A “Flying Nkandla” in offing as Zuma’s SAA to 737 upgrade no longer enough

There are fifteen thousand reasons I’ll remember the first time President Jacob Zuma attended the World Economic Forum in Davos. It was in January 2009 and we were on the same SAA flight home. Because there were more politicians wanting to get home than Business Class seats available, I was among those who accepted a R15 000 offer to downgrade – enough those days to buy another ticket both ways. At the time Zuma was President-in-waiting. What a difference a few years can make. The front of an SAA airliner is no longer deemed suitable for SA’s esteemed leader. Neither is his customised Boeing 737, an $80m jet which, when used commercially, seats over 100 people. Zuma – and his Presidential successors – now require a taxpayer-funded upgrade to a $200m-plus plane that looks eerily like another poorly considered extravagance like Nkandla. A basic economics lesson to SA Parliamentarians is long overdue. No, South Africa is not a rich country. No, taxpayers are not an endless supply of funding. Yes, the poorest of the poor also pay VAT of 14%, around a quarter of the money that we call taxes, the slush fund that finances what the public sector spends – fancy planes, blue light brigades and salaries for sleeping Parliamentarians included. – Alec Hogg

By Thulani Gqirana, News24

Cape Town – Defence and Military Veterans Minister Nosiviwe Mapisa-Nqakula has insisted that the defence department has an obligation to buy a VVIP presidential jet.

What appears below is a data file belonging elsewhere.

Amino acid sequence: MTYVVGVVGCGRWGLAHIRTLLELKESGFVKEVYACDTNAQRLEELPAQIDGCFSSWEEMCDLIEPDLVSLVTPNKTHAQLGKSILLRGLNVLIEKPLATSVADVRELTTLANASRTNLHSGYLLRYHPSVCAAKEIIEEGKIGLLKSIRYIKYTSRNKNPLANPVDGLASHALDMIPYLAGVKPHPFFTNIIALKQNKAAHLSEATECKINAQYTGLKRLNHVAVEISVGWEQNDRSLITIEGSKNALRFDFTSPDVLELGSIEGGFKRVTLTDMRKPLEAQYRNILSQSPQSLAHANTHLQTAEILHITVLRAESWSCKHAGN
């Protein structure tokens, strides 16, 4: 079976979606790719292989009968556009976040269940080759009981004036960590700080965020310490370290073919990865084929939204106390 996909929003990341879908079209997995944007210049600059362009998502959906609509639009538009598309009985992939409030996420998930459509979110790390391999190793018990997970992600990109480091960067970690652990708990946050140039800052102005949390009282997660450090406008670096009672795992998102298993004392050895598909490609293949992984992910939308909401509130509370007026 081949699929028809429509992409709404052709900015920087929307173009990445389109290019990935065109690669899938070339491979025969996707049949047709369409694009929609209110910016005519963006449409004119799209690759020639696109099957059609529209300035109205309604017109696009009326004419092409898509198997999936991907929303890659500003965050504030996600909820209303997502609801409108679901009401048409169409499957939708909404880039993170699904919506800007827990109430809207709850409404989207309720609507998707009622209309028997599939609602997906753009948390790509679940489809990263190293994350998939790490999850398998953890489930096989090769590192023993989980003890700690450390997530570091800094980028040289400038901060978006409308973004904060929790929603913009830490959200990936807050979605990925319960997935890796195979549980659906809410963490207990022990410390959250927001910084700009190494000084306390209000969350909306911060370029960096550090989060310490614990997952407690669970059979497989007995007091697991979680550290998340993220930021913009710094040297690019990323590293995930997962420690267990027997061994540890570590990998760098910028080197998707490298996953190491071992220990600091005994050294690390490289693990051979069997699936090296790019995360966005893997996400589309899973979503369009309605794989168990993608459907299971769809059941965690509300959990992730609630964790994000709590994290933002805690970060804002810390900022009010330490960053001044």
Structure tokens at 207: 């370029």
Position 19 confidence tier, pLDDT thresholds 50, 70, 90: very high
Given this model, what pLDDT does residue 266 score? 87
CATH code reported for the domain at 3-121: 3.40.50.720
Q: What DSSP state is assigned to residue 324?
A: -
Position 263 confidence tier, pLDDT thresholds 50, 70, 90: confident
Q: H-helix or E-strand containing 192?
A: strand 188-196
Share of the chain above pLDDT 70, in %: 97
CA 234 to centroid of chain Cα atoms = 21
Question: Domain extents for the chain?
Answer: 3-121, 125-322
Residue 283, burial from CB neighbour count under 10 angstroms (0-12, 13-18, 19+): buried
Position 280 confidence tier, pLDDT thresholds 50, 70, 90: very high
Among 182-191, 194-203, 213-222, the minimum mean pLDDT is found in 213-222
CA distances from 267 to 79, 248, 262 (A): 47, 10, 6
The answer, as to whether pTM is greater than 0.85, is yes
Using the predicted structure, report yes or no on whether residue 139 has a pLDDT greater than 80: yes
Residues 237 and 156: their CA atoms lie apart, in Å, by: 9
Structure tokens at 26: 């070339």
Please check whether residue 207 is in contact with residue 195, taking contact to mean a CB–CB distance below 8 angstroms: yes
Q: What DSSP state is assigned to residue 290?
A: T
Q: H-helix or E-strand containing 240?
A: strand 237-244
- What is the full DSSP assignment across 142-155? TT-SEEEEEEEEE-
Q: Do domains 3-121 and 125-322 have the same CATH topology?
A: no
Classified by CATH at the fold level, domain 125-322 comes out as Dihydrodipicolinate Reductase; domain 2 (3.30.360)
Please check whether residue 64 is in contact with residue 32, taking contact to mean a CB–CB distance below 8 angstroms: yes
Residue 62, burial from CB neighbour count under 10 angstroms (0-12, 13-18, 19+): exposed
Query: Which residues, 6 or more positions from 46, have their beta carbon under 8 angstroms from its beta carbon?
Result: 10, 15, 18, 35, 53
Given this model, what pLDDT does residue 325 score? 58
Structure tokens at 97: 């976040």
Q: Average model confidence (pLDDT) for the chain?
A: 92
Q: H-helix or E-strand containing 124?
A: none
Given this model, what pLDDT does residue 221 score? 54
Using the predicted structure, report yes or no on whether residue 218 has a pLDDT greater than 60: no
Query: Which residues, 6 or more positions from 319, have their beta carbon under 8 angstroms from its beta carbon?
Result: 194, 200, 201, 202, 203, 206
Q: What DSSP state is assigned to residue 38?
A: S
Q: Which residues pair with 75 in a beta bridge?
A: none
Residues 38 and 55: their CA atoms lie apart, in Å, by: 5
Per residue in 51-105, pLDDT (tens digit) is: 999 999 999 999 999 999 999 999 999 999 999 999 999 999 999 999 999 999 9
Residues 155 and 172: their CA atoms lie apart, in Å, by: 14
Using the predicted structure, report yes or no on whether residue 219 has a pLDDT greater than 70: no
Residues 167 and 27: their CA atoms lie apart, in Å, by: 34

South Africa's President Jacob Zuma answers questions at Parliament in Cape Town, March 17, 2016. REUTERS/Mike Hutchings
South Africa’s President Jacob Zuma answers questions at Parliament in Cape Town, March 17, 2016. REUTERS/Mike Hutchings

But Democratic Alliance leader Mmusi Maimane has called for President Jacob Zuma to reverse the decision, after Mapisa-Nqakula announced on Wednesday that the acquisition of the jet would go ahead.

It would not cost R4bn, as widely speculated, she said as she briefed media in Parliament.

Maimane said Zuma ought to do the responsible thing and clarify whether it would be bought.

“He must… reverse the decision once and for all. Furthermore, as head of state, President Zuma cannot claim that he has no authority over this decision,” Maimane said.

Ensure safety

He said MPs and Cabinet ministers had denied buying the jet, and in doing so, had misled Parliament.

Mapisa-Nqakula confirmed on Wednesday that the purchase of the VVIP jet would go ahead in a bid to ensure the safety of the president and his deputy.

“Buying the VVIP aircraft, we will. But not for [President Jacob] Zuma. There will be a president after Zuma. The VVIP aircraft is not being procured because there is President Zuma who will use it,” she told reporters ahead of her budget vote speech in Parliament.

There would be another president after Zuma retired in 2019, even if he was from another party, she said.

“The VVIP aircraft will still be there,” she added.


SAAThe jet was in the spotlight during the debate budget vote, with some opposition MPs suggesting that Zuma start using the state-owned SAA.

ANC MP Dumisani Gamede said opposition parties wanted Zuma to use a plane built “many years ago”.

He said the ANC supported the purchase of the VVIP jet and suggested giving the minister a deadline for the acquisition.

Responding to MPs following the debate in Parliament, Mapisa-Nqakula said all MPs knew was that it was the defence department’s responsibility to ensure the president travelled safely.

“We have an obligation to buy this aircraft,” she said, blaming the frenzy around the pricing on a “journalist thumb sucking a figure”. – News24

Source: http://www.news24.com/SouthAfrica/News/da-calls-on-zuma-to-reverse-vvip-jet-decision-20160511

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